Fantasy Canyon

Though only 10 acres in size and hidden amongst oil derricks and wild horses, Fantasy Canyon will blow your mind and make you think you are hallucinating.  The weird and unusual formations of the ‘Boxing Bear,’ ‘Flying Witch,’ ‘Mickey Mouse,’ and ‘Gargoyle’ will make you scratch your head at the erosional forces of Mother Nature.  A walk through this “Devils’ Playground” may be short-lived, but it is worthwhile to see before wind, rain, snow and human influences wither this place down to the very sediment that has created it.   –Alex Stoy



Samak Smoke House

If you’re headed into the Uintas and looking for some last-minute provisions, bypass the Sinclair Station, the Subway, and the Summit Inn.  Head, instead, to the Samak Smoke House, just a few miles east of Kamas on the Mirror Lake Highway.  Samak has backpack-worthy, hand-cut, cherry-wood-smoked beef and turkey jerky and trout.  It’s also the go-to spot for box lunches, fishing licenses, maps, and ‘free advice’ on your way up to Bald Mountain.  Or on your way back down. –Maggie Hughey AbuHaidar



Down Stairs

Stairs Gulch is an extraordinary avalanche slide path / ski run where good snow and safe conditions are as elusive as they are mind-blowing. Falling at 30-40 degrees for 5,000 feet of northwest-facing, fall line skiing from the rugged wilderness toward the city, it is an incomparable experience. Access via Broads Fork is entirely on skins, and not terribly difficult, yet the shot is amazing. No one who has skied it will forget the awesome thrill, and those of us who have can’t wait for that combination of low-altitude coverage, avalanche stability, and cold, windless fluff that makes it perfect. –Tyson Bradley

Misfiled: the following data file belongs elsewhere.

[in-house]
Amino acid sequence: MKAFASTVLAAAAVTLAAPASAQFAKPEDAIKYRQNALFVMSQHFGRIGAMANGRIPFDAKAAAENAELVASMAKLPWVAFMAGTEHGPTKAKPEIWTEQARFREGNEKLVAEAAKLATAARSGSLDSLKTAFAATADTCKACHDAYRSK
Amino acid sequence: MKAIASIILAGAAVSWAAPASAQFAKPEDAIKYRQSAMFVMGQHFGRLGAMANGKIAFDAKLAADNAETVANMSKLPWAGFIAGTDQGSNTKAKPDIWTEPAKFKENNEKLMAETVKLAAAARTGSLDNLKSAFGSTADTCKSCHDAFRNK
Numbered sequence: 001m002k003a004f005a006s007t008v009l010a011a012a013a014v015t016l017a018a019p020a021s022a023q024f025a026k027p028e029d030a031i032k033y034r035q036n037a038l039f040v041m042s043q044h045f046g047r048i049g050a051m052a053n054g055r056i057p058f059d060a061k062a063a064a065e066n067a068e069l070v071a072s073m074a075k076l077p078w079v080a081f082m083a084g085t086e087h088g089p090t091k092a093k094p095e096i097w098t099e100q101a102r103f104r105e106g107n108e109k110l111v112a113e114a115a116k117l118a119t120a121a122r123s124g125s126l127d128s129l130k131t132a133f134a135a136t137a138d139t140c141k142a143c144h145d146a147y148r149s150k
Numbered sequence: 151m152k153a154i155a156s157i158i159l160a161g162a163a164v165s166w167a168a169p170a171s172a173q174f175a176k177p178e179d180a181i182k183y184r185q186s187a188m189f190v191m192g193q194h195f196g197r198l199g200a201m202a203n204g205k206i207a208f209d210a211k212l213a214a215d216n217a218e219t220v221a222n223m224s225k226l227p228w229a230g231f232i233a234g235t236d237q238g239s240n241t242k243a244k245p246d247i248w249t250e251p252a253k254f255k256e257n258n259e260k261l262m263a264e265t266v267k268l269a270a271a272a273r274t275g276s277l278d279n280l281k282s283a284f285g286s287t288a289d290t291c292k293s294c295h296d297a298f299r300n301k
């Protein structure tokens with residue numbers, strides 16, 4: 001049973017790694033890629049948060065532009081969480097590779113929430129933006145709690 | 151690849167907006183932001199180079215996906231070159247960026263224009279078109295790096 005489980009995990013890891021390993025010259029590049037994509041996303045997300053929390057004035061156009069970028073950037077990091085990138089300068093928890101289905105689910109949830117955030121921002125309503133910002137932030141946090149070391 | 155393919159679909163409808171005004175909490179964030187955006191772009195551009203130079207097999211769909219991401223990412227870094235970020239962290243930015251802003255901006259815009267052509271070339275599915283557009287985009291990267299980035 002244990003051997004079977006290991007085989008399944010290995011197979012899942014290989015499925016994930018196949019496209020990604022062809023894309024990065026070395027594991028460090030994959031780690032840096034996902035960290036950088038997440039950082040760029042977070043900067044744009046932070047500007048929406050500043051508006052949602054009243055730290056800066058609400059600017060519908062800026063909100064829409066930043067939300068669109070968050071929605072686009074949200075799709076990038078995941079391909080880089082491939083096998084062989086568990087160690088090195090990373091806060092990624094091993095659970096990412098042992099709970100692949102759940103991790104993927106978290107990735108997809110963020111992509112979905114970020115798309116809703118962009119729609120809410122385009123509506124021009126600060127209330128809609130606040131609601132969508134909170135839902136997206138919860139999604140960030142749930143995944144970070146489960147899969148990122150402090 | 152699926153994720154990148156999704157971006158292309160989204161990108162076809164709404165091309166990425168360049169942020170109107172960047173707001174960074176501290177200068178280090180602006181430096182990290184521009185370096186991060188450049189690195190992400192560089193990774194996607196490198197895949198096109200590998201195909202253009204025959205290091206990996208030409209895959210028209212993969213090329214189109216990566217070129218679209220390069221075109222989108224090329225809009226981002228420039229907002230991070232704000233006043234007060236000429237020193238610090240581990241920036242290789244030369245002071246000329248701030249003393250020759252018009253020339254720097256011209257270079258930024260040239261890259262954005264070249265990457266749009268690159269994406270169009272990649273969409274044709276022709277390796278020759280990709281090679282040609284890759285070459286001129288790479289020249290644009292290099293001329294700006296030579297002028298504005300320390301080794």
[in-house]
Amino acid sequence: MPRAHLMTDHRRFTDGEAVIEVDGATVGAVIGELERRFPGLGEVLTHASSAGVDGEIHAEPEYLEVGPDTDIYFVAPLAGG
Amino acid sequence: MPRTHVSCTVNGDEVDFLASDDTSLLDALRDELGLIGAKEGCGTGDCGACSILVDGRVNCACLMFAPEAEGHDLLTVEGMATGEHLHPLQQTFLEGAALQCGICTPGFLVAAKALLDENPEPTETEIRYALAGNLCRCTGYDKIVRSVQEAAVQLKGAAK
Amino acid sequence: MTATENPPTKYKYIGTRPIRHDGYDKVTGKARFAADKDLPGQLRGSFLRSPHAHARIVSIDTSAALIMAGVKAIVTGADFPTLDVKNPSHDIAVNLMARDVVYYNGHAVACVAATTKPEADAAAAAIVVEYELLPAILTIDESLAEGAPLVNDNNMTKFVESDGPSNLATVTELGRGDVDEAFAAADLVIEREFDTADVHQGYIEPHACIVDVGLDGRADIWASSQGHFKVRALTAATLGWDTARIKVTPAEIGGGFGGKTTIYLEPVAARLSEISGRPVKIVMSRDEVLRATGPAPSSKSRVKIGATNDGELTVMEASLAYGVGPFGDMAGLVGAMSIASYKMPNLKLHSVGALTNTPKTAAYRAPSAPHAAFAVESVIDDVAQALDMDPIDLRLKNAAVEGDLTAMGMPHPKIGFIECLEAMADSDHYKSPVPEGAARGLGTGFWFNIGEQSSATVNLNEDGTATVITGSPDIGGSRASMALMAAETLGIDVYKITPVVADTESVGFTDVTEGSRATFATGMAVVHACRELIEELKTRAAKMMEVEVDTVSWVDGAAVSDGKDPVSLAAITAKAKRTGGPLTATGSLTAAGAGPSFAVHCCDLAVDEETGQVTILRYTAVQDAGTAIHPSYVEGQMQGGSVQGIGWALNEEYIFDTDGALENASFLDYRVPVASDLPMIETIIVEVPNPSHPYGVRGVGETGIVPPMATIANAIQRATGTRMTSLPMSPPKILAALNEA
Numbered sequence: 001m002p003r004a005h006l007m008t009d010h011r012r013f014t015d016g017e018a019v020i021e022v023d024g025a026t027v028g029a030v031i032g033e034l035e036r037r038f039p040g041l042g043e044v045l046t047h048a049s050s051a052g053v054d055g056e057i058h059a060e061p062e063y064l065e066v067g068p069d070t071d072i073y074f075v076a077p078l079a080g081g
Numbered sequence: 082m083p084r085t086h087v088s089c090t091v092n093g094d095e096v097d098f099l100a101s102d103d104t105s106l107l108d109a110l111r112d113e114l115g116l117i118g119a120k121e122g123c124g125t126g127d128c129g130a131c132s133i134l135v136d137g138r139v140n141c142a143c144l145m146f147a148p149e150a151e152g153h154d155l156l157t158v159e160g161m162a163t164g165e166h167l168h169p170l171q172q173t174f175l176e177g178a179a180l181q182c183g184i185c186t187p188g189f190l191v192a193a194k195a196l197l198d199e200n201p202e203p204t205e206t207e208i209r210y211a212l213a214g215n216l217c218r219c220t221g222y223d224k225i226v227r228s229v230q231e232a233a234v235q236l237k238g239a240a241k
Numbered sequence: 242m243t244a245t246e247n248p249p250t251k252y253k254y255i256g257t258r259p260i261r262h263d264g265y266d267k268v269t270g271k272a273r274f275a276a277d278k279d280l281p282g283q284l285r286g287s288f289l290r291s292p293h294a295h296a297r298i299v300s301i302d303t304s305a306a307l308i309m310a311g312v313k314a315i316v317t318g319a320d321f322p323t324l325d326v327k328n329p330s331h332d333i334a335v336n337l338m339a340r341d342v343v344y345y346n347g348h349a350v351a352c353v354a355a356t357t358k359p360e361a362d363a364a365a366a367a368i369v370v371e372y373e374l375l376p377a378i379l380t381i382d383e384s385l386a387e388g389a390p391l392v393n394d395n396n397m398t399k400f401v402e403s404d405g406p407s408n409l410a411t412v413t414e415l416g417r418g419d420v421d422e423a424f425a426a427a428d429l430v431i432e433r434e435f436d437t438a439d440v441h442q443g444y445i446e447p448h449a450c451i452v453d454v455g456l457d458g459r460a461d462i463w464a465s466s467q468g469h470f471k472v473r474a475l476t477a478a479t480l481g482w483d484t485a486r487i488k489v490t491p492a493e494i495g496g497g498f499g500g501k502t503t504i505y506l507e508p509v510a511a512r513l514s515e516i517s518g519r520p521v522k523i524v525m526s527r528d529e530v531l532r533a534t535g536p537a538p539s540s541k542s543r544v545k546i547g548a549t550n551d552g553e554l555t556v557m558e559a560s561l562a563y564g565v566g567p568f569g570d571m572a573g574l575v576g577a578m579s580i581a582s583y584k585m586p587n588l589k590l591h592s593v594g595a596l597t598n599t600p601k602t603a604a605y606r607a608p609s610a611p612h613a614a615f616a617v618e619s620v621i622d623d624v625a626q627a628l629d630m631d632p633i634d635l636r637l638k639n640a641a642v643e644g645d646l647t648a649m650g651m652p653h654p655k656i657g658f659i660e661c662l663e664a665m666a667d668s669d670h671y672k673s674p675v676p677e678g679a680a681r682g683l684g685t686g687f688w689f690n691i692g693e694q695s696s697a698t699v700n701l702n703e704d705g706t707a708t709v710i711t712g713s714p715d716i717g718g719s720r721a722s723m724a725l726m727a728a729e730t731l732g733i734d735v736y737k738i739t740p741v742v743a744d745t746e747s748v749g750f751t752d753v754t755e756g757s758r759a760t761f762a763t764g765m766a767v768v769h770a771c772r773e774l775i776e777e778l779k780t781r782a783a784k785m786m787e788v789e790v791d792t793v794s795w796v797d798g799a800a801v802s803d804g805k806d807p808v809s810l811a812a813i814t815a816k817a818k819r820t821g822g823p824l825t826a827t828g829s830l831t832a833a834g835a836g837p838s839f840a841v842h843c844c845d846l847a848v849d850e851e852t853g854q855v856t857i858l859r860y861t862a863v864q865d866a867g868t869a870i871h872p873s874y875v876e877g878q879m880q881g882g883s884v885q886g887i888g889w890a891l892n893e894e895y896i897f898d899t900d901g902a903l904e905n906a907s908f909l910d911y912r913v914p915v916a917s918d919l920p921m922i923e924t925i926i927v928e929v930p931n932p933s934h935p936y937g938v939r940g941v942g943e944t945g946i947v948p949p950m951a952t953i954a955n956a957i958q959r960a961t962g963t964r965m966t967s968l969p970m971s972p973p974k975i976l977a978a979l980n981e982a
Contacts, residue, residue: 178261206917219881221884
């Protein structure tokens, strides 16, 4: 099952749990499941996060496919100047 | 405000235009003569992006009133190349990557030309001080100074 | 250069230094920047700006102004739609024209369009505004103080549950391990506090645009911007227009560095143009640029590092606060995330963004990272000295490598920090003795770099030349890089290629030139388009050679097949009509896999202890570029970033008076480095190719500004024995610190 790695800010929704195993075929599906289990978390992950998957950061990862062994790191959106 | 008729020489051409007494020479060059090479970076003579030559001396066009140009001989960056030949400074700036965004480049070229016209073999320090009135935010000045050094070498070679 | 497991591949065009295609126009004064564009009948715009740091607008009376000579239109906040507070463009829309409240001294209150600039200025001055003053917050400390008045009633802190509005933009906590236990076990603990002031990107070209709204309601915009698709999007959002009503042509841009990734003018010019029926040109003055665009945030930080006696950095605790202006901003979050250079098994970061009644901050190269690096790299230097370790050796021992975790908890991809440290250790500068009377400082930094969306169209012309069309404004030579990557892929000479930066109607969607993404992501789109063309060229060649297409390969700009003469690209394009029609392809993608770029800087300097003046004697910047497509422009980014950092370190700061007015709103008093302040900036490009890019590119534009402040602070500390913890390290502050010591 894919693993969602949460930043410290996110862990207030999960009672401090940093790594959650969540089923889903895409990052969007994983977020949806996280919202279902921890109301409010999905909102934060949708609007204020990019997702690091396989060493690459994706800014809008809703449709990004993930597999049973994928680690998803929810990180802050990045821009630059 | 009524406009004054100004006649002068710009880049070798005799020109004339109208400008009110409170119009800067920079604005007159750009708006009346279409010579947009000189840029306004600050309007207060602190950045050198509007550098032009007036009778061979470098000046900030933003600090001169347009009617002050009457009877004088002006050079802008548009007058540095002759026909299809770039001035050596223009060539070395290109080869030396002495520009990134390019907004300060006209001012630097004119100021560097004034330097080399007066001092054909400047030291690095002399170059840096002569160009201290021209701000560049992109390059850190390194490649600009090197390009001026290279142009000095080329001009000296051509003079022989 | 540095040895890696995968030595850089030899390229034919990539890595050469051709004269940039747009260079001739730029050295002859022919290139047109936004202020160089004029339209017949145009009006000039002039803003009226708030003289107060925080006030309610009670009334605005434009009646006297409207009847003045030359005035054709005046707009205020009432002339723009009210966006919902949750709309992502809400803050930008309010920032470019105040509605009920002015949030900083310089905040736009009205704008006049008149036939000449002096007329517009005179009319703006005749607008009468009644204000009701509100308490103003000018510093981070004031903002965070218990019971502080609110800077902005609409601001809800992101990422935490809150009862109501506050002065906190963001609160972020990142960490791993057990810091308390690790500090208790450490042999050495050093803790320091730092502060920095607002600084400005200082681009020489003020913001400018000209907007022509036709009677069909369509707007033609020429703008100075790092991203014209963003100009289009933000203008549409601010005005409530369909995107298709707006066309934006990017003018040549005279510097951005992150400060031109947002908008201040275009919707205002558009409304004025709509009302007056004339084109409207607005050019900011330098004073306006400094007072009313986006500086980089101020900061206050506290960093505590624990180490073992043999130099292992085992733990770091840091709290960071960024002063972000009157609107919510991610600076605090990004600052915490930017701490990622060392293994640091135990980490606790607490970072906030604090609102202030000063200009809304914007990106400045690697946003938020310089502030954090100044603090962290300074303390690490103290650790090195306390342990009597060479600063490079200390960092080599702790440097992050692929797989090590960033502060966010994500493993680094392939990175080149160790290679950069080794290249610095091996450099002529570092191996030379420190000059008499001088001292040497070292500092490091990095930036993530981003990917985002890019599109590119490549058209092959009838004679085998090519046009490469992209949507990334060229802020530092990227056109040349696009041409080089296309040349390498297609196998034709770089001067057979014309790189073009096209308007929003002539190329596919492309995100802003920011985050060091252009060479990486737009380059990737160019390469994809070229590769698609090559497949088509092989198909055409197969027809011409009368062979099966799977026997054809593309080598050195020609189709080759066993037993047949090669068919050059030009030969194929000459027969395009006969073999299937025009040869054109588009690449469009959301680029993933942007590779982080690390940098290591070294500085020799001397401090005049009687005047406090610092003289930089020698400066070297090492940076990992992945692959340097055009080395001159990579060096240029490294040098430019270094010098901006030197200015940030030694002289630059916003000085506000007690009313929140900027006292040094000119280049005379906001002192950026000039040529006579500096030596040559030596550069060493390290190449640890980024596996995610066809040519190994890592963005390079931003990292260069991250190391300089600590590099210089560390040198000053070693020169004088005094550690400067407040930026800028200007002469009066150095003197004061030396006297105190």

Yurt Necessity: Down Booties – You’d think beer would be at the top of my list for favorite yurt necessity, and you’d be almost right. But what would really ruin a yurt trip is if I forgot my down booties. There’s truly nothing better after a long day of ski touring than taking off those ski boots and slipping your sore dogs into a warm, soft pair of down booties. The best types have ankle-securing elastic to trap heat, and grippy outsoles for trips to the outhouse. Trust me, if you go on a yurt/hut trip or even winter camping, your feet will find heaven in a pair of feathery down booties. –Jared Hargrave


Bragging Rights Hike